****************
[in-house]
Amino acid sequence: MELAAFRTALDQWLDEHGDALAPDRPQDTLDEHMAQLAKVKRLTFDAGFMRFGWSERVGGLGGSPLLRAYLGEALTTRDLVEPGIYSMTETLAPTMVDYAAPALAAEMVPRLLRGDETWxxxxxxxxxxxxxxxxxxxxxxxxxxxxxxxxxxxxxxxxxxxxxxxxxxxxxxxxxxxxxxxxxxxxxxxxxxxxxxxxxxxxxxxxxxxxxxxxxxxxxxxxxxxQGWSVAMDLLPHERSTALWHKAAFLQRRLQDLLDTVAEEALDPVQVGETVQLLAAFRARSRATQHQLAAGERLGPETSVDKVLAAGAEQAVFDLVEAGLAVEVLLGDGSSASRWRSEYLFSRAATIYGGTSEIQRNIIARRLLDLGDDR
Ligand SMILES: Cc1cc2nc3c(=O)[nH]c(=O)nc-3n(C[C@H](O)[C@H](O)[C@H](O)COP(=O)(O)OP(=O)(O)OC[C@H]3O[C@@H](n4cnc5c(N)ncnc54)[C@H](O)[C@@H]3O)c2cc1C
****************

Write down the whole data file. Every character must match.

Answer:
[in-house]
Amino acid sequence: MELAAFRTALDQWLDEHGDALAPDRPQDTLDEHMAQLAKVKRLTFDAGFMRFGWSERVGGLGGSPLLRAYLGEALTTRDLVEPGIYSMTETLAPTMVDYAAPALAAEMVPRLLRGDETWxxxxxxxxxxxxxxxxxxxxxxxxxxxxxxxxxxxxxxxxxxxxxxxxxxxxxxxxxxxxxxxxxxxxxxxxxxxxxxxxxxxxxxxxxxxxxxxxxxxxxxxxxxxQGWSVAMDLLPHERSTALWHKAAFLQRRLQDLLDTVAEEALDPVQVGETVQLLAAFRARSRATQHQLAAGERLGPETSVDKVLAAGAEQAVFDLVEAGLAVEVLLGDGSSASRWRSEYLFSRAATIYGGTSEIQRNIIARRLLDLGDDR
Ligand SMILES: Cc1cc2nc3c(=O)[nH]c(=O)nc-3n(C[C@H](O)[C@H](O)[C@H](O)COP(=O)(O)OP(=O)(O)OC[C@H]3O[C@@H](n4cnc5c(N)ncnc54)[C@H](O)[C@@H]3O)c2cc1C